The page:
Amsterdam University Press: An early version of Chapter 12 appeared in Doing Good or Doing Better: Development policies in a globalising world, edited by Peter van Lieshout, Monique Kremer and Robert Went and published by Amsterdam University Press for the Dutch Scientific Council for Government Policy (Nederveen Pieterse, 2009b). I thank Robert Went and other editors for their comments.

    I am indebted to many more friends and sources of inspiration than I can acknowledge. Friends and colleagues have commented on different chapters. I cordially thank Thomas Blom Hansen, Lisa Chason, Ranjit Dwivedi, Aurora Galindo, Des Gasper, Ananta Giri, Frank Hirtz, Gerrit Huizer, Sudipto Kaviraj, Cristóbal Kay W.D. Lakshman, Lily Ling, Gilbert Rist, Henk van Roosmalen, Jan Aart Scholte, David Slater, Thanh-dam Truong, Vincent Tucker, Peter Waterman, W.F. Wertheim and Chris Williams. Most chapters were written while I was at the Institute of Social Studies, an international graduate school in development studies in The Hague, and I am grateful to the Institute for many lessons learnt. I have been inspired by several generations of ISS students, particularly in the Politics of Alternative Development Strategies MA programme. To name only a few, my thanks go to Hanan and Wafa Abdel Rahman, Michael Chai, Daniel Chavez, Tony Chiejina, Mike Demel, Fiona Dove, Azza Karam, Sergio Lenci, Wangu Mwangi, Edgar Pieterse, Melania Portilla Rodriguez, Jeff Powell, Imad Sabi, Ali Salman, Kim Scipes, Albana Shala, Nahda Sh'hada Younis, PL. de Silva, Mukta Srivastava, Ignatius Swart, Stuart Todd, Reaz Uddin and Hasmet Uluorta.

    For the second edition, I would like express my appreciation to graduate students at the University of Illinois Urbana-Champaign and all those who commented on its theses, among others, Emin Adas, Chandler Armstrong, Serife Genis, Ravi Ghadge, Jin-Ho Jang, Jae Kim, Jongtae Kim, Amit Prasad, Ben Smith and Daniel Tessema. My perspective has been influenced by research trips to Asia, Africa and Latin America and friends and colleagues to whom I am indebted are too many to mention. I have appreciated probing questions by Tila Kumar and Amiya Das of Delhi University. I thank Chris Rojek at Sage for proposing the second edition. I thank Sharada Srinivasan for commenting on a draft. The usual disclaimer of course applies.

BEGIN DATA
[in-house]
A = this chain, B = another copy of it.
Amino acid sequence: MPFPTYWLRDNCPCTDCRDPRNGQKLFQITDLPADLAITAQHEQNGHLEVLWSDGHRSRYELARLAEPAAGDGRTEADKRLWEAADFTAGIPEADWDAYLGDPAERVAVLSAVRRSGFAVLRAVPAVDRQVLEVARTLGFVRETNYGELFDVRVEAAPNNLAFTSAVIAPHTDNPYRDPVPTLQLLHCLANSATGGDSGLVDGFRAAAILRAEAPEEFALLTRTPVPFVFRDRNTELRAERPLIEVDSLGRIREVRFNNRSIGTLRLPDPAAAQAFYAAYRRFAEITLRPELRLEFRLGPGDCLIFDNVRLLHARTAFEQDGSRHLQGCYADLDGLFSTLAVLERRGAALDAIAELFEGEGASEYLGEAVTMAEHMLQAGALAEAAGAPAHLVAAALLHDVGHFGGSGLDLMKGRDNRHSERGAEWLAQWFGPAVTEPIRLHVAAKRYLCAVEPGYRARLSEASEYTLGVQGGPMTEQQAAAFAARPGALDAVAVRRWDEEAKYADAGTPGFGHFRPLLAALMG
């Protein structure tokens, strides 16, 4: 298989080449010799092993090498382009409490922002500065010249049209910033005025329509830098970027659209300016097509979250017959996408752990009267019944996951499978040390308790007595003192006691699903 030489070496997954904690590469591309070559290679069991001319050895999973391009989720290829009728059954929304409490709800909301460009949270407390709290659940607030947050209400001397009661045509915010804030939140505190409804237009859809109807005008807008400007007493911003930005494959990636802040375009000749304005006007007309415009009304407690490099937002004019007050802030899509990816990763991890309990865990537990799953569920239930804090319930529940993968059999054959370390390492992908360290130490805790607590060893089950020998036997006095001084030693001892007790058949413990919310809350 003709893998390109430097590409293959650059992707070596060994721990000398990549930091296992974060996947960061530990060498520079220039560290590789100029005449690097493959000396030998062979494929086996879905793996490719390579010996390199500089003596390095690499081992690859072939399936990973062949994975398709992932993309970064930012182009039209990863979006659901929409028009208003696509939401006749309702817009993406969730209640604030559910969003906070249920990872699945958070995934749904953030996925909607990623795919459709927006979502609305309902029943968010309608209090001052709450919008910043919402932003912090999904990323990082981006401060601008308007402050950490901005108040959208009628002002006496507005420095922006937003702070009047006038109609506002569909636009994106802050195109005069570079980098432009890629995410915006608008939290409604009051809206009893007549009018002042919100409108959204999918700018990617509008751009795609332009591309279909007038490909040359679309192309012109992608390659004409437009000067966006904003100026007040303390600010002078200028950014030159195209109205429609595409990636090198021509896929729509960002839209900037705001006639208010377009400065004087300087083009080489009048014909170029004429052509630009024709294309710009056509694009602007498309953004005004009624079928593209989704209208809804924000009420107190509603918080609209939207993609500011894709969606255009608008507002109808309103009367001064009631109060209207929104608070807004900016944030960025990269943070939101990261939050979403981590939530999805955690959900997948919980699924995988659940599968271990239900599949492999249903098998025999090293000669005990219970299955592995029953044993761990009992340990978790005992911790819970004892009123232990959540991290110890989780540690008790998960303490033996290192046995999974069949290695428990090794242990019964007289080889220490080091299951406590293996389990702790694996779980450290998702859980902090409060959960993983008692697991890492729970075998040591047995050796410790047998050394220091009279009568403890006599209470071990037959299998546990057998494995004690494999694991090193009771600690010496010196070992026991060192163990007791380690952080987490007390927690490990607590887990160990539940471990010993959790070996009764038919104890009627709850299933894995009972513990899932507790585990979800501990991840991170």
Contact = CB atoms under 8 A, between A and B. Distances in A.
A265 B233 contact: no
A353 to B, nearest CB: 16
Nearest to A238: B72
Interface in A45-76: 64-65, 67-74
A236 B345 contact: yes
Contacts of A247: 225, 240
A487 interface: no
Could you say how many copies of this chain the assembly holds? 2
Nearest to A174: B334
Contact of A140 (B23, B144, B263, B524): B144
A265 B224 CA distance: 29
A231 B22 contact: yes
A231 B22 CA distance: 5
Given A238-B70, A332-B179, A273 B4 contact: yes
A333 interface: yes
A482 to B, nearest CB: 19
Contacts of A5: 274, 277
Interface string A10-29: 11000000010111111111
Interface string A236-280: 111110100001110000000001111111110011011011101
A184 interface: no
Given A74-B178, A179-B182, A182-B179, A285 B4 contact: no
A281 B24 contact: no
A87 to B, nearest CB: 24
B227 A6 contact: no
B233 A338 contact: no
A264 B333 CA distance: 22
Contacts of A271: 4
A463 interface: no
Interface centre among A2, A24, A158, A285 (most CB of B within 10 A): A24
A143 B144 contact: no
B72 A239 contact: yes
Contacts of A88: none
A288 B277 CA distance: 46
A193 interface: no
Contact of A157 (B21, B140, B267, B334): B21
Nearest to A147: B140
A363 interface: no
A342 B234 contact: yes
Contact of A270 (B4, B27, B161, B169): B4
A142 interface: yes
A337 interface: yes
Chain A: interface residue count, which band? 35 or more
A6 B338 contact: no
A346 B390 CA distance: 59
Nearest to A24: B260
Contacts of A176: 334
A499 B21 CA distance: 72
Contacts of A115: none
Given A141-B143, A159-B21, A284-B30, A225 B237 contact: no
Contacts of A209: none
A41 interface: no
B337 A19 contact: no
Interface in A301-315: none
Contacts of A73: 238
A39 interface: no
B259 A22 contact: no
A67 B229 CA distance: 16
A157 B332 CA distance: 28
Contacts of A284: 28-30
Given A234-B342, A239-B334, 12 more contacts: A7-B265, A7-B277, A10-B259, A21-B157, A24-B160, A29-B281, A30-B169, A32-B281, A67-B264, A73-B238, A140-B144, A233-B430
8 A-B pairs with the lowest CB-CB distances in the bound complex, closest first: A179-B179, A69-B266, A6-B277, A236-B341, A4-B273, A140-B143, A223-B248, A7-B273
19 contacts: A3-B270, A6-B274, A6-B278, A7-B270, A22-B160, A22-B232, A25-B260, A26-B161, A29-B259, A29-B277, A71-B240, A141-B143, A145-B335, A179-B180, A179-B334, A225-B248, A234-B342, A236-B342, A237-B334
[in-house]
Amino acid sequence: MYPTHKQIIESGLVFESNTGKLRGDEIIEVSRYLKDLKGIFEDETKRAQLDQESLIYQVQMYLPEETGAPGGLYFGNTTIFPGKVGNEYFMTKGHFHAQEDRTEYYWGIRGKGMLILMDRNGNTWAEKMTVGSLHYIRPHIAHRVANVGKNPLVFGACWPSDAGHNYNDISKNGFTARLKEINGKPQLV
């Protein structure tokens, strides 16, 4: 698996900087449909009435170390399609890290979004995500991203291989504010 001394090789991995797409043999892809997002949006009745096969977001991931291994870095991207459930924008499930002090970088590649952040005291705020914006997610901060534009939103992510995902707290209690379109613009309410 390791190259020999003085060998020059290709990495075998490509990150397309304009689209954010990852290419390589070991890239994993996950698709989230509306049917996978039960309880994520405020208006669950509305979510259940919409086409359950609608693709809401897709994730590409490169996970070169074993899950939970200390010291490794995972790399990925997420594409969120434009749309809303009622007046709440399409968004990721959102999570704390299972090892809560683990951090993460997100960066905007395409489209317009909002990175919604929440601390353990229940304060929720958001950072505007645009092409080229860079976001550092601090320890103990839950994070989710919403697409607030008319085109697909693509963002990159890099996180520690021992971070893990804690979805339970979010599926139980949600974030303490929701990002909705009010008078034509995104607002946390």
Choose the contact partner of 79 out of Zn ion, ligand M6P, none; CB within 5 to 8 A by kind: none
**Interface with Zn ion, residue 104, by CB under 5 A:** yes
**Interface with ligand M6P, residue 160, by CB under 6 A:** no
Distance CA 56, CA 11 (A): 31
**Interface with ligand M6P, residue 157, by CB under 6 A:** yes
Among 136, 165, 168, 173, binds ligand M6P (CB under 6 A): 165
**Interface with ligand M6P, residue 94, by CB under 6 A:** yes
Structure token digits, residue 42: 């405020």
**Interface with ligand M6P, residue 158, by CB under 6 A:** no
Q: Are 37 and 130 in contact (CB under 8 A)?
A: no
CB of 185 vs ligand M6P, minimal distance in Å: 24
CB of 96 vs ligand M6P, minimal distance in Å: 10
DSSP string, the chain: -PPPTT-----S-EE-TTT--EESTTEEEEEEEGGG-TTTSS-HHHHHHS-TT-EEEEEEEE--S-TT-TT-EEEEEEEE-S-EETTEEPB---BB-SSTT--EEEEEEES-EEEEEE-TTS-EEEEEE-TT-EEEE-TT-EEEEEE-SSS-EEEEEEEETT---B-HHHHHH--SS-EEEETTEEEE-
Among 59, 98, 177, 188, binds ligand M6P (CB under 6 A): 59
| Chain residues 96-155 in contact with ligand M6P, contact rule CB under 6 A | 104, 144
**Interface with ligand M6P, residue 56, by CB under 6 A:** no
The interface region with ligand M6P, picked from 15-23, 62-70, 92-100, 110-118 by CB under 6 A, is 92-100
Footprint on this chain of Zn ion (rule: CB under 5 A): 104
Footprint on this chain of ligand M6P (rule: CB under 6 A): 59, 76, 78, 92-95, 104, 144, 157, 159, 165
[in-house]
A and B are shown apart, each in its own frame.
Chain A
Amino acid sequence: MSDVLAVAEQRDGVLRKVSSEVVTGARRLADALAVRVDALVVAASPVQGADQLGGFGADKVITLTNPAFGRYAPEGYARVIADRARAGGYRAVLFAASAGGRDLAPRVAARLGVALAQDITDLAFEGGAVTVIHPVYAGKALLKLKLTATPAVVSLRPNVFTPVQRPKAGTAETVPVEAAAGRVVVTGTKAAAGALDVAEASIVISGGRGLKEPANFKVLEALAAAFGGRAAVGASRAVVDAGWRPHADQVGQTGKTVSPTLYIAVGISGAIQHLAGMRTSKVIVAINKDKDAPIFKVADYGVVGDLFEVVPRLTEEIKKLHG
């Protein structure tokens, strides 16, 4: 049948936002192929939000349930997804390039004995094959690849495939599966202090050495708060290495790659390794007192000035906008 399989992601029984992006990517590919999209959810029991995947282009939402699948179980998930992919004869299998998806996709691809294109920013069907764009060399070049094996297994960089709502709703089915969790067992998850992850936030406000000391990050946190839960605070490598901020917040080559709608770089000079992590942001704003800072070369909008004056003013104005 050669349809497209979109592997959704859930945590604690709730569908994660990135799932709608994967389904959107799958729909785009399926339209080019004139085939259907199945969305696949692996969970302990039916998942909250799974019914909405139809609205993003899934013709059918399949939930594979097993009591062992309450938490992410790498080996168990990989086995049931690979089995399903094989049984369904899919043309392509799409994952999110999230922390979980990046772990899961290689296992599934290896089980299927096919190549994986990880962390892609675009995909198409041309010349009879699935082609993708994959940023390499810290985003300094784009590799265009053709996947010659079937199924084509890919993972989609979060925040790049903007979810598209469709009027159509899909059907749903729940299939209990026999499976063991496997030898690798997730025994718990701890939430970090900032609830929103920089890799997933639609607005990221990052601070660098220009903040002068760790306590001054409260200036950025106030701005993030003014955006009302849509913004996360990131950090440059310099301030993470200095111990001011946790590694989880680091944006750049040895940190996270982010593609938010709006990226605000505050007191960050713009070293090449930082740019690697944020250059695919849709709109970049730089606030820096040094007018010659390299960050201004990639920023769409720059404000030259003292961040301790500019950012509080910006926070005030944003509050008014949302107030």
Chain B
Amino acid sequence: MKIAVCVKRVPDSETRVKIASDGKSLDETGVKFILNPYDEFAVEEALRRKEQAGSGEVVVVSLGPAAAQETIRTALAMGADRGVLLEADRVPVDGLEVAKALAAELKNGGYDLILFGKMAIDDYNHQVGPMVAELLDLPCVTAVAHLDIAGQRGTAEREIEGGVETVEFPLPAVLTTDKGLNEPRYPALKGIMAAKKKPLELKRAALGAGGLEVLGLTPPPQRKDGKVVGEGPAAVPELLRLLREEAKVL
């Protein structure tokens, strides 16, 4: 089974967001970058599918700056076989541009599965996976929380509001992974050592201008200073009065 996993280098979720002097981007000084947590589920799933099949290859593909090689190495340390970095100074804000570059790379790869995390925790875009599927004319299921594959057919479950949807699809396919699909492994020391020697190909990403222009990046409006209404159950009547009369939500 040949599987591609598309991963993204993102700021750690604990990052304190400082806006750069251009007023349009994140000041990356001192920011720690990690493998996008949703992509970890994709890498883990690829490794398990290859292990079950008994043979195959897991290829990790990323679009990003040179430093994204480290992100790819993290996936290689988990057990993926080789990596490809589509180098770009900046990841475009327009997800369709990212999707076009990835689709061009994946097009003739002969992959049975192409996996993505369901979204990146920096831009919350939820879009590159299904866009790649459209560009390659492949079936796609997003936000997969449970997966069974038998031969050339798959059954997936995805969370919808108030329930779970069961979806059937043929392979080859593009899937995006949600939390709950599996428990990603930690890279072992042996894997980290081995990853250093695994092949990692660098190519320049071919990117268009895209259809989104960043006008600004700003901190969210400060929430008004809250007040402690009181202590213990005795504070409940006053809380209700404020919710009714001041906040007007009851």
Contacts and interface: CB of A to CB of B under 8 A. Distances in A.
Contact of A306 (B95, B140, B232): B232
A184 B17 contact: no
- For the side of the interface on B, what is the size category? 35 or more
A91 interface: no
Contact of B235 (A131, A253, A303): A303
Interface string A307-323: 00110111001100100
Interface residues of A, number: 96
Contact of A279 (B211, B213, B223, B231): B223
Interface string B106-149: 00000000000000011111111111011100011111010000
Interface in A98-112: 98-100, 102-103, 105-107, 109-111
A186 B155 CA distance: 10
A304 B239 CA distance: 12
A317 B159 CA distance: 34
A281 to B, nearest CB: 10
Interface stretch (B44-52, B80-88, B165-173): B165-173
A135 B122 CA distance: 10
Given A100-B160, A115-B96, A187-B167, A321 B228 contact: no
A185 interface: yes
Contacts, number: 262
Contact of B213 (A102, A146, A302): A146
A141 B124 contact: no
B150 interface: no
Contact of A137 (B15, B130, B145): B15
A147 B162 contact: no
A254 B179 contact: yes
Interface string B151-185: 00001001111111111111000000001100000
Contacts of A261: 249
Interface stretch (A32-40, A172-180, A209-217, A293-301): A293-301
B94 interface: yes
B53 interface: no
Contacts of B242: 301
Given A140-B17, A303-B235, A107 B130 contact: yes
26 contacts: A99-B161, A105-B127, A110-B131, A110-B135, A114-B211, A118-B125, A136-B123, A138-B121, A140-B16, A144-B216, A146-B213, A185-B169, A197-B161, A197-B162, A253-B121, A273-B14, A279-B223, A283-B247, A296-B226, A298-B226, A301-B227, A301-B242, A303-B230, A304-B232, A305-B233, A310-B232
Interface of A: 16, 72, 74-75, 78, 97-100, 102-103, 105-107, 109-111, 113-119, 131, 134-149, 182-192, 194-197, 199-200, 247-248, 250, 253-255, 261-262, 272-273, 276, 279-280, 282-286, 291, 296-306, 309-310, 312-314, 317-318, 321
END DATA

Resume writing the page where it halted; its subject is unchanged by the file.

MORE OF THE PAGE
Preface to the Second Edition

    Since the first edition of this book appeared in 2001 there have been momentous changes in the field of development policy and studies. Some are the deepening of trends that have long been in motion—in particular the rise of Asia and newly industrialized countries—and some have been radical ruptures. Among the latter, two major trend breaks are the weakening of neoliberalism and of American hegemony. Neither has left the stage but they have been on the losing side, face mounting problems and gather no new adherents. Neoliberalism—essentially the style of Anglo-American capitalism turned into doctrine—is crumbling from its own excesses and swerves from crisis to bubble to crisis. The weakening of American hegemony has been on the cards for some time but has been hastened by neoconservative overreach, particularly in Iraq and Afghanistan.

    Originally the book outlined three main eras of development. First, the preludes to development in the 1800s and the catch-up policies from the mid-nineteenth to the mid-twentieth century; second, the postwar Keynesian consensus, broadly 1950–1980; and third, the neoliberal era of the Washington consensus, 1980–2000. In the book's first edition, the main thrust was the tension between the Keynesian approach and the Washington consensus—in brief, the state-centred and the market-led approach, rippling and echoing through the development field in many ways. Thus, Chapter 11 (the then closing chapter) argues that the main tension in contemporary development policy and thinking is the rift between the Washington institutions (the International Monetary Fund (IMF) and World Bank, aligned with the World Trade Organization (WTO)) and the human development approach (represented by the United Nations Development Programme (UNDP) and other UN agencies, development ministries in developing countries and some agencies of development cooperation).